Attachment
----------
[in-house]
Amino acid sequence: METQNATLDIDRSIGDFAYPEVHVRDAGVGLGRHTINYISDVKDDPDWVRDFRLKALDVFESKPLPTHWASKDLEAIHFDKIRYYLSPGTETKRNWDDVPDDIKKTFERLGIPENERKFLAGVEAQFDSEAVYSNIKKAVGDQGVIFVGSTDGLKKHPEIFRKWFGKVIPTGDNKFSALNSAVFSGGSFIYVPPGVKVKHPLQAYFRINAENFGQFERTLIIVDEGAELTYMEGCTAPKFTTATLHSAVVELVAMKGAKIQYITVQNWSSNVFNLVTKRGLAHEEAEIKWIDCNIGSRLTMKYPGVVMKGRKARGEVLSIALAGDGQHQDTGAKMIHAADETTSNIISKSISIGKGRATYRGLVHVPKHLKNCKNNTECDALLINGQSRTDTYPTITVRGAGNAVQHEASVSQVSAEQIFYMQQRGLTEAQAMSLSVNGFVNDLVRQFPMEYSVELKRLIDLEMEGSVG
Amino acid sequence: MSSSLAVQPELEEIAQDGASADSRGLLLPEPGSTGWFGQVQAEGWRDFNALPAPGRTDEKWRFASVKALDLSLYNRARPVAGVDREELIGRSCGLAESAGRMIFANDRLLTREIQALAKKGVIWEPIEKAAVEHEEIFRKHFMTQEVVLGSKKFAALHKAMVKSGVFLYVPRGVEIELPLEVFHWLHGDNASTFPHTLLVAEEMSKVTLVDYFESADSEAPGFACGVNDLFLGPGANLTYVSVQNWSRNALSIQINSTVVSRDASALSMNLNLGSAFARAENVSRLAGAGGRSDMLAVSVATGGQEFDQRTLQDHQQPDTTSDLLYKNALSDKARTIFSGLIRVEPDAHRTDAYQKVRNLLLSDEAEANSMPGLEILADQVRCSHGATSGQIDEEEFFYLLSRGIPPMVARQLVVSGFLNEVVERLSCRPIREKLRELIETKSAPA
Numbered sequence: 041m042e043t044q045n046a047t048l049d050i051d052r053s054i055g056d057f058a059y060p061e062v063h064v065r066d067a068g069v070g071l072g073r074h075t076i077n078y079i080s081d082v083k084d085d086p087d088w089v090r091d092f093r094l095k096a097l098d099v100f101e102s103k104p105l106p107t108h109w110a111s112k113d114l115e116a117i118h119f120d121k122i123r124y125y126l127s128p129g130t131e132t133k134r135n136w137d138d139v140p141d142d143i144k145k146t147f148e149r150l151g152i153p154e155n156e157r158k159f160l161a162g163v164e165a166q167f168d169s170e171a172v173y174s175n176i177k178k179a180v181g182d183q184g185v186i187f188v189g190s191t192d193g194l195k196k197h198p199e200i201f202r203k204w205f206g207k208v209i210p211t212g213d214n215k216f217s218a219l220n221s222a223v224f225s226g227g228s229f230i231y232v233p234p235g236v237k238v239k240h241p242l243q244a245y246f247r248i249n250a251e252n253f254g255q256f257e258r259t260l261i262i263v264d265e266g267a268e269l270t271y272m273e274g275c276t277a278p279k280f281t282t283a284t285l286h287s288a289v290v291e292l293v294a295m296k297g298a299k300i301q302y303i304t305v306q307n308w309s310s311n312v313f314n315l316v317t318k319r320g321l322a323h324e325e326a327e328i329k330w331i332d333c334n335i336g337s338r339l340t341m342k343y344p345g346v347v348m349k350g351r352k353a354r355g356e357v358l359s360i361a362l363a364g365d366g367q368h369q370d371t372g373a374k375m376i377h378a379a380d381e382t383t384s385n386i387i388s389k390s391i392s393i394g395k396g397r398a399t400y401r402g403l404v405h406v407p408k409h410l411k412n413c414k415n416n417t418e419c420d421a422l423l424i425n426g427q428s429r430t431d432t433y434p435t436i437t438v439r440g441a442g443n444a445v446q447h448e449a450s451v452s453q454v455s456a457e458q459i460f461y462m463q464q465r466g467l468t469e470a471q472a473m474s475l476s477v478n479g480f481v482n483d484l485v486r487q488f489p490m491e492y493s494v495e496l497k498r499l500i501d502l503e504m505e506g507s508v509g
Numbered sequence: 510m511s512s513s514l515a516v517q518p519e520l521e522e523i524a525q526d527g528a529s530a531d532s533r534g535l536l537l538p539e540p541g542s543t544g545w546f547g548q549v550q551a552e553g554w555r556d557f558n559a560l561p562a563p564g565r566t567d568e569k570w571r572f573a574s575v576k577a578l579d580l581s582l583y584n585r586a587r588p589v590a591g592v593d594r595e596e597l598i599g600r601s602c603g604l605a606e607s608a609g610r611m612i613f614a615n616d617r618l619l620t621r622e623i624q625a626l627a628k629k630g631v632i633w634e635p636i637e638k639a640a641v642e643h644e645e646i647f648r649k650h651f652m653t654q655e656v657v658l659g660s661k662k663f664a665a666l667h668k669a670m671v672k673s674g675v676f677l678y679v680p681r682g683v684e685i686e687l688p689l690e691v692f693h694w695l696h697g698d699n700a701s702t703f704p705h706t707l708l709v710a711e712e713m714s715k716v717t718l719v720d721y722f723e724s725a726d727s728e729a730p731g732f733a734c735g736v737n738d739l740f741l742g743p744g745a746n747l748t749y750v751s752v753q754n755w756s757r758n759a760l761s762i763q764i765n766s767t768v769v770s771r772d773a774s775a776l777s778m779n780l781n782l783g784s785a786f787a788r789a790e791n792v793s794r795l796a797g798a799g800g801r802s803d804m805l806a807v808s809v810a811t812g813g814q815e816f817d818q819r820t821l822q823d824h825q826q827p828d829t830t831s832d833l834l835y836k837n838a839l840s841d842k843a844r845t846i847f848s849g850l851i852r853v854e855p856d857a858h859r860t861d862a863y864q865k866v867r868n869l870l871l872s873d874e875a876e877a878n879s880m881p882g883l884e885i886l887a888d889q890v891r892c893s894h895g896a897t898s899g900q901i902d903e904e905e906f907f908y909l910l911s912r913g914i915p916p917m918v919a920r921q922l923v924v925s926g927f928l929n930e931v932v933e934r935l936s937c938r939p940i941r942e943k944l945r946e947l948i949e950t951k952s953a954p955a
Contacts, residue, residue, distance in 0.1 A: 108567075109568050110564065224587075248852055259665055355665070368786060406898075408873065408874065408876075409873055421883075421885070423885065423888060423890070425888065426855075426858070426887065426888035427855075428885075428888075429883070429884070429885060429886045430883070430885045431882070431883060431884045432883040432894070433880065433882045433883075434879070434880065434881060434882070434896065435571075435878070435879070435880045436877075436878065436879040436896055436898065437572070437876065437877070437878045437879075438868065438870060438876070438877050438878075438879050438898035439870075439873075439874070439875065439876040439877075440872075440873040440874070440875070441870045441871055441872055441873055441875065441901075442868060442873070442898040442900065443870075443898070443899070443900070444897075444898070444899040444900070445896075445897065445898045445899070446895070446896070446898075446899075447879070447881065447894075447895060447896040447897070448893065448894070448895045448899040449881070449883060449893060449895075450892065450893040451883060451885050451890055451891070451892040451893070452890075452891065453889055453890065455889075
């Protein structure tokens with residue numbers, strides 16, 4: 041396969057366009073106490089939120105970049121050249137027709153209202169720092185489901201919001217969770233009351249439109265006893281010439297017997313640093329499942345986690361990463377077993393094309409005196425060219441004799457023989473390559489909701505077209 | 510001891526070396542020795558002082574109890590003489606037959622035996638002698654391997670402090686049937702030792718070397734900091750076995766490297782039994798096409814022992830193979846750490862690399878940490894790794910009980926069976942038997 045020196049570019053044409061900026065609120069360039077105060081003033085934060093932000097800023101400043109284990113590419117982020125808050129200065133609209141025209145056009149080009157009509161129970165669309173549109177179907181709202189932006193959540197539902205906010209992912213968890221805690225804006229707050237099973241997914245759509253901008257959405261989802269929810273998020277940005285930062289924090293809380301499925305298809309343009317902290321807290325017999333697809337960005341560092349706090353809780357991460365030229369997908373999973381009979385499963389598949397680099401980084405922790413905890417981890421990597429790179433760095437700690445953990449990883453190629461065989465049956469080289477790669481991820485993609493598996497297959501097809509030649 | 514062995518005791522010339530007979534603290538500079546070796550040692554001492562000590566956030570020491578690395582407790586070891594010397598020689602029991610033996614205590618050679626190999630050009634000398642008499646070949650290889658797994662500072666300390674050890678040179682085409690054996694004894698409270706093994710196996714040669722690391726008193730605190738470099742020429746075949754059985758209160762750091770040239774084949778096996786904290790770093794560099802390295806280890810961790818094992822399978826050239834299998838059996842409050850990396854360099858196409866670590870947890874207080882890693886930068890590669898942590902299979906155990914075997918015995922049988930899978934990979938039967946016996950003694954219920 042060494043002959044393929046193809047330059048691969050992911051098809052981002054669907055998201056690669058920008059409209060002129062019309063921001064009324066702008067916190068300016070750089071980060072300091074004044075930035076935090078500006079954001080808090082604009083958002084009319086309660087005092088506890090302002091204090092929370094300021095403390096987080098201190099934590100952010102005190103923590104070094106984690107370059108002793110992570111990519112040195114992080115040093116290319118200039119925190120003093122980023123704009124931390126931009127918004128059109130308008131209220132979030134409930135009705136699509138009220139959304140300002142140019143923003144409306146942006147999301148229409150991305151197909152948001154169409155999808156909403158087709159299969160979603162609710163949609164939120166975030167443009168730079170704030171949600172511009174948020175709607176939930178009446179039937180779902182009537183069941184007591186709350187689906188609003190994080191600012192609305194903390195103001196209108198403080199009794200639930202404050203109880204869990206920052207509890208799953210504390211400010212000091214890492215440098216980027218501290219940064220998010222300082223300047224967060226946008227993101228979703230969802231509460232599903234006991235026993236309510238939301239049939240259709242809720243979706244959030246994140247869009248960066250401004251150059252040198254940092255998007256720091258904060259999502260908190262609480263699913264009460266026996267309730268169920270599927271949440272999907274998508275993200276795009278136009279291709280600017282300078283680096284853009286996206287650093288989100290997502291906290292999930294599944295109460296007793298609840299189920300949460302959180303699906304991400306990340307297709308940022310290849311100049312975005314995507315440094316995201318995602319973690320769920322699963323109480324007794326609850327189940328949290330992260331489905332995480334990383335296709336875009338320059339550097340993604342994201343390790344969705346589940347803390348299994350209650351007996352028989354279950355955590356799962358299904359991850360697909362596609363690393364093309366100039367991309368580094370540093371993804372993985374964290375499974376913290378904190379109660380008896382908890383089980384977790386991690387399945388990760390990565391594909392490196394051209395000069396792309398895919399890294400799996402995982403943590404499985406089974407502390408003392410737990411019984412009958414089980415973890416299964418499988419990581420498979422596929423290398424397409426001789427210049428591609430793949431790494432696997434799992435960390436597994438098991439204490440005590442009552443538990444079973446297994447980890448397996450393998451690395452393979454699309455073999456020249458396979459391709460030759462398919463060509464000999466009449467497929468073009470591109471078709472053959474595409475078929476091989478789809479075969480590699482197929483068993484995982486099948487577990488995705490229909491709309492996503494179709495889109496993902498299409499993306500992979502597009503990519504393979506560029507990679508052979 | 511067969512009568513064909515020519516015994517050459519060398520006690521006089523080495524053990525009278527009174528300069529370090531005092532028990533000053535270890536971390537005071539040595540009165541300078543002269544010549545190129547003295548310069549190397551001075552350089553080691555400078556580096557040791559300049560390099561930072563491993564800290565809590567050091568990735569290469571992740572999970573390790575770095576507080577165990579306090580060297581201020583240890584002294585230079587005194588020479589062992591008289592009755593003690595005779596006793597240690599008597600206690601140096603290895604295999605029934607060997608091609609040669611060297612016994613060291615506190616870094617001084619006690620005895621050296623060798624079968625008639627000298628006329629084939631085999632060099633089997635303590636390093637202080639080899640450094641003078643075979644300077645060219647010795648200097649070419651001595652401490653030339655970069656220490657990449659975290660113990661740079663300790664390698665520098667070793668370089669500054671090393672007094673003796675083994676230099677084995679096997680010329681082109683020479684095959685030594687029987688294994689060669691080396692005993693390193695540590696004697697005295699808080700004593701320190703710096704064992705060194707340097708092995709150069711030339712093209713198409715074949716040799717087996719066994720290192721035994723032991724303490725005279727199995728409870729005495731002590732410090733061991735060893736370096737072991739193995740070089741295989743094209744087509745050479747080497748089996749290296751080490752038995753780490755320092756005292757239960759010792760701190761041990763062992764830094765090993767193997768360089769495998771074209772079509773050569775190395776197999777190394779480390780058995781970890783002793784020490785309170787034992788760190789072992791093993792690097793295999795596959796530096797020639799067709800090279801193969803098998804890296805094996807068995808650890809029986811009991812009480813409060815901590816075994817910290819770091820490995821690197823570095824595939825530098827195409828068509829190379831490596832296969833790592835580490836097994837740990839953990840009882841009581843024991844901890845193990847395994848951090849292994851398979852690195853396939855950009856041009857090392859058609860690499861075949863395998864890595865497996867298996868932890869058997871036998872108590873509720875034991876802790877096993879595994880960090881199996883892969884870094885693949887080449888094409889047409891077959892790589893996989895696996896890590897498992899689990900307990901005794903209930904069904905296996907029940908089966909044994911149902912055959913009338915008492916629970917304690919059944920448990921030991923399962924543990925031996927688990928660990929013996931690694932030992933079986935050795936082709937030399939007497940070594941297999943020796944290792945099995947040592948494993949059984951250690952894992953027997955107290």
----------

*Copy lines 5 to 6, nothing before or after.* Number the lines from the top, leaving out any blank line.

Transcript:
Numbered sequence: 510m511s512s513s514l515a516v517q518p519e520l521e522e523i524a525q526d527g528a529s530a531d532s533r534g535l536l537l538p539e540p541g542s543t544g545w546f547g548q549v550q551a552e553g554w555r556d557f558n559a560l561p562a563p564g565r566t567d568e569k570w571r572f573a574s575v576k577a578l579d580l581s582l583y584n585r586a587r588p589v590a591g592v593d594r595e596e597l598i599g600r601s602c603g604l605a606e607s608a609g610r611m612i613f614a615n616d617r618l619l620t621r622e623i624q625a626l627a628k629k630g631v632i633w634e635p636i637e638k639a640a641v642e643h644e645e646i647f648r649k650h651f652m653t654q655e656v657v658l659g660s661k662k663f664a665a666l667h668k669a670m671v672k673s674g675v676f677l678y679v680p681r682g683v684e685i686e687l688p689l690e691v692f693h694w695l696h697g698d699n700a701s702t703f704p705h706t707l708l709v710a711e712e713m714s715k716v717t718l719v720d721y722f723e724s725a726d727s728e729a730p731g732f733a734c735g736v737n738d739l740f741l742g743p744g745a746n747l748t749y750v751s752v753q754n755w756s757r758n759a760l761s762i763q764i765n766s767t768v769v770s771r772d773a774s775a776l777s778m779n780l781n782l783g784s785a786f787a788r789a790e791n792v793s794r795l796a797g798a799g800g801r802s803d804m805l806a807v808s809v810a811t812g813g814q815e816f817d818q819r820t821l822q823d824h825q826q827p828d829t830t831s832d833l834l835y836k837n838a839l840s841d842k843a844r845t846i847f848s849g850l851i852r853v854e855p856d857a858h859r860t861d862a863y864q865k866v867r868n869l870l871l872s873d874e875a876e877a878n879s880m881p882g883l884e885i886l887a888d889q890v891r892c893s894h895g896a897t898s899g900q901i902d903e904e905e906f907f908y909l910l911s912r913g914i915p916p917m918v919a920r921q922l923v924v925s926g927f928l929n930e931v932v933e934r935l936s937c938r939p940i941r942e943k944l945r946e947l948i949e950t951k952s953a954p955a
Contacts, residue, residue, distance in 0.1 A: 108567075109568050110564065224587075248852055259665055355665070368786060406898075408873065408874065408876075409873055421883075421885070423885065423888060423890070425888065426855075426858070426887065426888035427855075428885075428888075429883070429884070429885060429886045430883070430885045431882070431883060431884045432883040432894070433880065433882045433883075434879070434880065434881060434882070434896065435571075435878070435879070435880045436877075436878065436879040436896055436898065437572070437876065437877070437878045437879075438868065438870060438876070438877050438878075438879050438898035439870075439873075439874070439875065439876040439877075440872075440873040440874070440875070441870045441871055441872055441873055441875065441901075442868060442873070442898040442900065443870075443898070443899070443900070444897075444898070444899040444900070445896075445897065445898045445899070446895070446896070446898075446899075447879070447881065447894075447895060447896040447897070448893065448894070448895045448899040449881070449883060449893060449895075450892065450893040451883060451885050451890055451891070451892040451893070452890075452891065453889055453890065455889075